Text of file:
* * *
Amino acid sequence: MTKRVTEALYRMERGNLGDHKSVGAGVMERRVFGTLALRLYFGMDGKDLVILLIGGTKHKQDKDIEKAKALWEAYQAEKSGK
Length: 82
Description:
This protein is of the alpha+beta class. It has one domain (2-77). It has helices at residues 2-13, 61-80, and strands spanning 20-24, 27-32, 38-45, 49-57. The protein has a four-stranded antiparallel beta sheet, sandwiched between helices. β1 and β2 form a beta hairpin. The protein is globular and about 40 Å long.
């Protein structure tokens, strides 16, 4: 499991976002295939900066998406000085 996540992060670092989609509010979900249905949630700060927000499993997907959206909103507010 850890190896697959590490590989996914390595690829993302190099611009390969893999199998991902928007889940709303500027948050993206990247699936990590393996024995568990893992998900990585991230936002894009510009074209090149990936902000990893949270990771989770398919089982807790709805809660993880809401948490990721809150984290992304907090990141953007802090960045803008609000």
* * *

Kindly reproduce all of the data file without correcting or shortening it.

Amino acid sequence: MTKRVTEALYRMERGNLGDHKSVGAGVMERRVFGTLALRLYFGMDGKDLVILLIGGTKHKQDKDIEKAKALWEAYQAEKSGK
Length: 82
Description:
This protein is of the alpha+beta class. It has one domain (2-77). It has helices at residues 2-13, 61-80, and strands spanning 20-24, 27-32, 38-45, 49-57. The protein has a four-stranded antiparallel beta sheet, sandwiched between helices. β1 and β2 form a beta hairpin. The protein is globular and about 40 Å long.
């Protein structure tokens, strides 16, 4: 499991976002295939900066998406000085 996540992060670092989609509010979900249905949630700060927000499993997907959206909103507010 850890190896697959590490590989996914390595690829993302190099611009390969893999199998991902928007889940709303500027948050993206990247699936990590393996024995568990893992998900990585991230936002894009510009074209090149990936902000990893949270990771989770398919089982807790709805809660993880809401948490990721809150984290992304907090990141953007802090960045803008609000």